See what semi-creative minds can do during a break. Just imagine what I could do during work hours!

Children's Material

Well, during work hours I (along with my beautiful co-worker, Laura) have created material for children (lessons and activities), West African recipes and put together websites for those and language resources that Emily has pulled together.

It was a very happy day when it was all completed and uploaded to the internet. A lot of time, over-time, weekends, late nights and computer time went into this project.

The lessons are about each country the IMB currently has personnel or an SBC church is currently or will soon have work among a people group. That is 11 West African countries. Each lesson contains an intro language activity, a missionary kid story, fact finding and prayer activities. The hope is that children will become just as involved in reaching West African people groups as their parents pray, give and go to West Africa as volunteers, partnering churches or engaging churches.

Maybe one day the kids who learned about West Africa through these lessons will come to West Africa to spread the Gospel!

To view and download these products go to (click on Children's Materials, West Africa Recipes or Learning Lanuages)

My next big project is working on Lottie Moon Christmas Offering promotion for West Africa! It’s due at the end of the month. Wish me many more long hours at the office!

Thursday, September 13, 2007


Tonight marks the beginning of the Muslim holy month, Ramadan. For 30 days Muslims around the world will fast from sun up to sun down, breaking their fast in the evening with a large meal.

Many Muslims see the months of Ramadan as a time to be closer to Allah. Much of their faith is taken more seriously during this time. They try to be more devout followers of Allah.

So devout that they will not let any food, water or even spit go down their throat.

Many Muslim background believers tell us that it is during this time that God spoke to them through dreams and visions. Telling them His Truth!

I ask that you petition on behalf of those who celebrate this holy month, a little more than 50% of the population of West Africa, that God will send the dreams and visions of His Son and His saving grace.

Also, petition the behalf of those of us serving in Muslim populations, to be sensitive to God's movement and to give us the right words to convey His message.

Saturday, August 25, 2007

Sedou's Wedding

Sedou, our night guard got married!

He went on vacation for two weeks last month and when he returned, he was married. His wife, Janaba had a wedding in Burkina Faso (the country Sedou is from north of Cote D’Ivoire) and came down by bus to live with Sedou.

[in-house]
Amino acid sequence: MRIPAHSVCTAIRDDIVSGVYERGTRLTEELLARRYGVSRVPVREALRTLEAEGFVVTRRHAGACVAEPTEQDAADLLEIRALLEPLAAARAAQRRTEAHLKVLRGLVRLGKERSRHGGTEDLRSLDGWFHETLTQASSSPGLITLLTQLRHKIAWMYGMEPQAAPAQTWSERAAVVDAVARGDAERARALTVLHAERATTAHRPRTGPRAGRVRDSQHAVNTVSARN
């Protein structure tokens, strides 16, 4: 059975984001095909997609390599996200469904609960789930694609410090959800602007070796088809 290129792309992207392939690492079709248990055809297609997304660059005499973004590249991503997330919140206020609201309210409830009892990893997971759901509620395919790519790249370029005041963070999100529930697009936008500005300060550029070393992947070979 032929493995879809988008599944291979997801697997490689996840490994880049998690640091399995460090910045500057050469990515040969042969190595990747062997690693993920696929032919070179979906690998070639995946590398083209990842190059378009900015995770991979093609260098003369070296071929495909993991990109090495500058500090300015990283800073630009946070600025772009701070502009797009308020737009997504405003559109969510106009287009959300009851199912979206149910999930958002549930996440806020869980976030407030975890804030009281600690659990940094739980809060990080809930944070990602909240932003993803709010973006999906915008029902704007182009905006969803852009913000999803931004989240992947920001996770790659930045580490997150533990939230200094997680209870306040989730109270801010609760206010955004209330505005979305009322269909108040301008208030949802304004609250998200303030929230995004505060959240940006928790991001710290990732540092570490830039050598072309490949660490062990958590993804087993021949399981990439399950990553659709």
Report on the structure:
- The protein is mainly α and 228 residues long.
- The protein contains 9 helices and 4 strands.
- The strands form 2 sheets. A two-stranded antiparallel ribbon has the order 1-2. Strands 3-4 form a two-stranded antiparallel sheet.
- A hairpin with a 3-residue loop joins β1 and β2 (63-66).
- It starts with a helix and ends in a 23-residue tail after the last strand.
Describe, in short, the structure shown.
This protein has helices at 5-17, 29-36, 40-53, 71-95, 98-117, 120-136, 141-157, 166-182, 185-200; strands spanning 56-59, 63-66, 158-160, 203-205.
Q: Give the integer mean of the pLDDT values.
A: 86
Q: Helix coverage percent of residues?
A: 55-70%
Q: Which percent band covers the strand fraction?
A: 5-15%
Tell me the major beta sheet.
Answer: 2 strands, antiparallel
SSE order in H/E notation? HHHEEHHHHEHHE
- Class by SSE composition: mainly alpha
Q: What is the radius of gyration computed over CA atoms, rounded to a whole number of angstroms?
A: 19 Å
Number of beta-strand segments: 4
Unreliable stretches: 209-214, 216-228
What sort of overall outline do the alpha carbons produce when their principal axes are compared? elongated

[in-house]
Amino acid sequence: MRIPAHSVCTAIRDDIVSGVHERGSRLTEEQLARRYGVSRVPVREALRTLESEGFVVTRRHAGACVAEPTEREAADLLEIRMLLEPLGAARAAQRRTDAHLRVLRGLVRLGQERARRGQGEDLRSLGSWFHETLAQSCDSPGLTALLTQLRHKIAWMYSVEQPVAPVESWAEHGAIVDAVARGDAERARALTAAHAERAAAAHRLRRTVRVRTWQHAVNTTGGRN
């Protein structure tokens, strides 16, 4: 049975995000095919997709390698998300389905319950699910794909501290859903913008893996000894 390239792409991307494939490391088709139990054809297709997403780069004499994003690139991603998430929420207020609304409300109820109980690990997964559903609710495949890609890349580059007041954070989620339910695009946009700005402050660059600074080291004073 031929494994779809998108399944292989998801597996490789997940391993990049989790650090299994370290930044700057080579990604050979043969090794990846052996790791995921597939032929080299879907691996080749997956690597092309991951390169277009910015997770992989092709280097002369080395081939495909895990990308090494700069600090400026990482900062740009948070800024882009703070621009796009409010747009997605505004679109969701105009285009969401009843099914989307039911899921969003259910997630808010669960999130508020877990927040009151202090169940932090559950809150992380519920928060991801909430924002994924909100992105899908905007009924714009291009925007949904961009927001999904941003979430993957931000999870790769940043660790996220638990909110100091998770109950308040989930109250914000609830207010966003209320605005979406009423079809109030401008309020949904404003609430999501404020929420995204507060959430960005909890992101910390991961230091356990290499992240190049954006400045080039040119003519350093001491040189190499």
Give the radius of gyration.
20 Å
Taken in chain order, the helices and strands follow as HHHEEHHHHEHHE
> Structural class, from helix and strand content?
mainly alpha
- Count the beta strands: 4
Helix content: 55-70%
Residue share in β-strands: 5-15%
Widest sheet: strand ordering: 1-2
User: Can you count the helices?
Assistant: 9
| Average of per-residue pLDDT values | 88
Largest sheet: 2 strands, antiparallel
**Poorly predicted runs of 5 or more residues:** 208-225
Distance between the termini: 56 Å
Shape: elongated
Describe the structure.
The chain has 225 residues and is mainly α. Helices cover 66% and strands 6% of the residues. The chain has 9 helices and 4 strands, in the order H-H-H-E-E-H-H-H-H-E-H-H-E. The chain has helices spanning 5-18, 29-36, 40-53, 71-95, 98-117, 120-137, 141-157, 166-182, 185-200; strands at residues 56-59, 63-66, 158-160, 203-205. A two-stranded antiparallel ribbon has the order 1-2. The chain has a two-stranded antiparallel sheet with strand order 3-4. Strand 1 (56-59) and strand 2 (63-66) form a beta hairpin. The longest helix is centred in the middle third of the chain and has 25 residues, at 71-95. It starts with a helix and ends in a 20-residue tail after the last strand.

(Emily and I with Sedou)

Janaba has lived in Abidjan her whole life, but returned to her family’s village in Burkina Faso for the wedding traditions.


Sedou invited Emily and I to attend the wedding party here in Abidjan last Sunday night. And I mean an ALL night party. (We opted to stay for about 5 hours.)

We arrived and were seated in the “living room,” then about 10 minutes later we were ushered into a back room that turned out to be Sedou and Janaba’s bedroom!

We sat with Janaba and she said, “Now is the time to wait.” So, wait we did. We chatted a little with her family and watched some TV. Then the wordrobe changes started. Janaba had about 10 different outfits to wear!

Then all the married women in her family came into the room and Emily and I got to experience some African culture. (I think this was the time all the married women picked on her and other stuff I won’t write!)

(me eating with all the women)

Food was served in the room and we again ate with our hands some rice and sauce, then Emily and I went with Sedou to the house of Janaba’s sister, Fatiatu. Fatiatu made us salad.

(Emily and I with Fatiatu)

Now this was really sweet and all, but she added liver and intestines as a meat topping!!!
We ate it anyway!

After this we went back to the party and watched as the women paraded from the house to the street where a big tent was set up for the dancing!

Only the women partook in this activity. The only bad thing was the video cameria that kept searching out Emily and I. We only did one jaunt around the tent and then said our good-byes to the bride and family to let them really party into the night!

Please pray for Sedou and his new wife Janaba. Sedou has helped us with our French and he is a trustworthy night guard. He has worked for the mission for about 8 years and is still a Muslim. He listens to Bible stories in his heart language, yet is still resistant to a relationship with Jesus.

Job's Baptism

One of my friend’s at church (he attends the English Bible study on Sunday nights) got baptized last Friday. So, he invited us to his baptism party at his family’s home.

Job is quite the character. He used to be a student at the university near the church, but in now in training to work in the film industry. We have only heard parts of his testimony and it is extreme. He was involved in some things during the war as a student, but is now a follower of Jesus and has turned to being involved with the things of God.


Emily and I were honored to be invited to his home for the party and excited that it was such a big deal for the family.